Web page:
Learning Computer Science Fundamentals Makes You a Better Software Engineer


I’ve heard that one can become a great software engineer with ten years of experience or with fewer years of experience but a solid grasp of data structures and algorithms. Since I studied pure math as an undergrad, I love this stuff. Recurrence relations, prime numbers in hashing functions for hash tables, P vs NP.

When I first started off programming I didn’t know just how much I didn’t know. I thought that being able to write a simple CRUD application was all there was to it and who cares about knowing how quick sort works. It’s true that I’ll probably never have to implement a hash table on the job, but knowing how to reverse a string or a linked list is like knowing how to play the scales as a musician. They’ll never be played during a concert, but they are classic building blocks in understanding computing.

So if you are learning how to code and not enrolled in an academic CS program, invest time after you master your first language or framework and learn the fundamentals of computer science. This will pay off especially if you’re looking for a job since they are common interview questions.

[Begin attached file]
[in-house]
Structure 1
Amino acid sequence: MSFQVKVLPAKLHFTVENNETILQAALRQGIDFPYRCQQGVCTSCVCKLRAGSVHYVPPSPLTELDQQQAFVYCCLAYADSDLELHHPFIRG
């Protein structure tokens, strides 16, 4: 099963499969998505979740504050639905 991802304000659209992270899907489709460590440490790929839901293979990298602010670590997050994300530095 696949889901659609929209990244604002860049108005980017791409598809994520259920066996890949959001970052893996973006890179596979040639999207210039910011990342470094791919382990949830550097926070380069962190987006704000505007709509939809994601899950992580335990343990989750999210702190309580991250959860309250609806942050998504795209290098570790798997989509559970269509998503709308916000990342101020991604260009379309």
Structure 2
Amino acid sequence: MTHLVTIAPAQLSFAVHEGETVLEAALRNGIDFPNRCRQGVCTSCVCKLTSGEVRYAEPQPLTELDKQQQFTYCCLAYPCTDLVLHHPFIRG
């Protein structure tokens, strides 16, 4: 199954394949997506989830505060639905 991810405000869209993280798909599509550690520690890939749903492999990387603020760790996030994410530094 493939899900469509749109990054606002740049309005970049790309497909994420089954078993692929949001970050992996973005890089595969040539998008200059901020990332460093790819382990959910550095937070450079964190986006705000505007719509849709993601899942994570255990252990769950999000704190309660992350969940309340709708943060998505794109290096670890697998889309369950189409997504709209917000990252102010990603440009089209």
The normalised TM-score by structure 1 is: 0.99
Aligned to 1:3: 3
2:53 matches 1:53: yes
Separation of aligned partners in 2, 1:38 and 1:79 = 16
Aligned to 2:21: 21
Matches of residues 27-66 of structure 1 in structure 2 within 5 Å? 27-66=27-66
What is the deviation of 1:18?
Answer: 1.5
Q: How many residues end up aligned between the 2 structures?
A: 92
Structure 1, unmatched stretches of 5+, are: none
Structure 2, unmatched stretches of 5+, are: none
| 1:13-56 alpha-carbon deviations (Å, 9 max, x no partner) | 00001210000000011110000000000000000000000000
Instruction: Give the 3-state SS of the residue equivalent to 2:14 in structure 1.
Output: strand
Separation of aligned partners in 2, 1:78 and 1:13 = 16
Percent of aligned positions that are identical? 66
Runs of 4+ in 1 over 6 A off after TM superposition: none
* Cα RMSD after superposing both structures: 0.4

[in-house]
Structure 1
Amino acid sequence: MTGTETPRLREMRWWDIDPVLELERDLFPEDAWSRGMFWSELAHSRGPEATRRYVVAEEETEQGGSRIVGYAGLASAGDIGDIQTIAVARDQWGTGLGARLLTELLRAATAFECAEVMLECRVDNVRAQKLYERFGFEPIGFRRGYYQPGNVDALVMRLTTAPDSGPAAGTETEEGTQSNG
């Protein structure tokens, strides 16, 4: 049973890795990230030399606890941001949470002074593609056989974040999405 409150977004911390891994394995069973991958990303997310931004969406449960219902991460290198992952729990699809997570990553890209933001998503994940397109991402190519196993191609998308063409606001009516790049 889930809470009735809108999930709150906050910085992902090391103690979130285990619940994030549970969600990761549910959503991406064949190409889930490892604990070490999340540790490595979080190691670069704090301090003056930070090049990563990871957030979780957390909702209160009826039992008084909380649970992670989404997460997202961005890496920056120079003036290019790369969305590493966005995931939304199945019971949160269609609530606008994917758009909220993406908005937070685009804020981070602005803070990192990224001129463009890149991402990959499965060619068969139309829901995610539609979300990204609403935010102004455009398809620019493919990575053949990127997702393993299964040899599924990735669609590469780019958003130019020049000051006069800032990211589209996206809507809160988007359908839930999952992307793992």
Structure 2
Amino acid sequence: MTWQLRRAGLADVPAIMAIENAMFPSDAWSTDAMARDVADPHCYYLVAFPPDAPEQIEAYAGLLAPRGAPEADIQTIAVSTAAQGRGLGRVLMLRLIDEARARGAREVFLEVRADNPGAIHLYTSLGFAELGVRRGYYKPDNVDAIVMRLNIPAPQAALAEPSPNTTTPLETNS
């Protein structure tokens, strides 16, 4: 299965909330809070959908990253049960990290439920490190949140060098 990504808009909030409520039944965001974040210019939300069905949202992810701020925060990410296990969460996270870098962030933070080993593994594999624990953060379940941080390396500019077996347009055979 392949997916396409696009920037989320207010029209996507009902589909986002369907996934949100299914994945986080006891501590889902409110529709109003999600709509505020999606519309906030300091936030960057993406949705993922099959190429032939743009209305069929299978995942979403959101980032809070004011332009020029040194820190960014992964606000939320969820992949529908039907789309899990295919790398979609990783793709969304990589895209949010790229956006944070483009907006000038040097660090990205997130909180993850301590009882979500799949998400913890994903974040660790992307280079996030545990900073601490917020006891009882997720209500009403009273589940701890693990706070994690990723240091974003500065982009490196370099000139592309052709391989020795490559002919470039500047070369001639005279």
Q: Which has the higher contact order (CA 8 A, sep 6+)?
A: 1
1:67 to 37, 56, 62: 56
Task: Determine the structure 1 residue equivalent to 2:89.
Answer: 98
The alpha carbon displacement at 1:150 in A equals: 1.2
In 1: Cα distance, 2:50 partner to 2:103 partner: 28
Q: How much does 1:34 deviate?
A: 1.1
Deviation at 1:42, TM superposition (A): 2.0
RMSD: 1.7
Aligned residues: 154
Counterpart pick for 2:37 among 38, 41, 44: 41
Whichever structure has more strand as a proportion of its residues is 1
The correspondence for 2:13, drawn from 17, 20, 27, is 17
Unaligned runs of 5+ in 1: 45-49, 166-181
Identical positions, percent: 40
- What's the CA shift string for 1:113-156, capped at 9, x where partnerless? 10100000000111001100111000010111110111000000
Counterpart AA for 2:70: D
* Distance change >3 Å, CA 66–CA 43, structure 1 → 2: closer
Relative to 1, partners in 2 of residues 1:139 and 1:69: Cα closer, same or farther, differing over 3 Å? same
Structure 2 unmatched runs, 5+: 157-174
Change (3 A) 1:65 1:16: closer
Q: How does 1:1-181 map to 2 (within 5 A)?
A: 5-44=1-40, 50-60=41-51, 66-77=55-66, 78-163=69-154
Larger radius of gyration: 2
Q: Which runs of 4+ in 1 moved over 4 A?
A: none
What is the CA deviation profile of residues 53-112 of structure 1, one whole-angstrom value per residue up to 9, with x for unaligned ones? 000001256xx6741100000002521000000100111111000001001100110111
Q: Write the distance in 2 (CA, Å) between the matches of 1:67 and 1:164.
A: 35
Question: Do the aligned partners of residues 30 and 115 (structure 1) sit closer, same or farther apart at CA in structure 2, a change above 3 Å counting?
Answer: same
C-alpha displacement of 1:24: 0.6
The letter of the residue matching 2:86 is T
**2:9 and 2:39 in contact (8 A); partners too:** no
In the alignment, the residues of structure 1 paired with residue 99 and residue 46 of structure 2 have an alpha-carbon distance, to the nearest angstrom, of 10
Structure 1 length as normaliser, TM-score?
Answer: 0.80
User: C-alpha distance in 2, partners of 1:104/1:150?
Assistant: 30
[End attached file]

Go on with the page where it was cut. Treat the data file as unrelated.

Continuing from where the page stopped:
Learn how modern computer architecture works on a basic level (CPU, memory, disk). Read about data structures and algorithms. Networking knowledge is also very helpful (TCP/IP, DNS, basic architecture of the Internet). Find out how databases work (normalization, best practices for designing data models, indexes, ACID-compliance). Object-oriented programming is necessary to know. Threads and locks are not as common but good to understand.

Being able to implement the below fluently in one or two languages is also necessary. The following is taken from Cracking the Coding Interview.

Data Structures

  • linked list
  • binary tree
  • trie
  • stack
  • queue
  • vector/arraylist
  • hash table


  • breadth-first search
  • depth-first search
  • binary search
  • merge sort
  • quick sort
  • tree insert/find/etc


  • bit manipulation
  • singleton design pattern
  • factory design pattern
  • memory (stack vs heap)
  • recursion
  • big-O time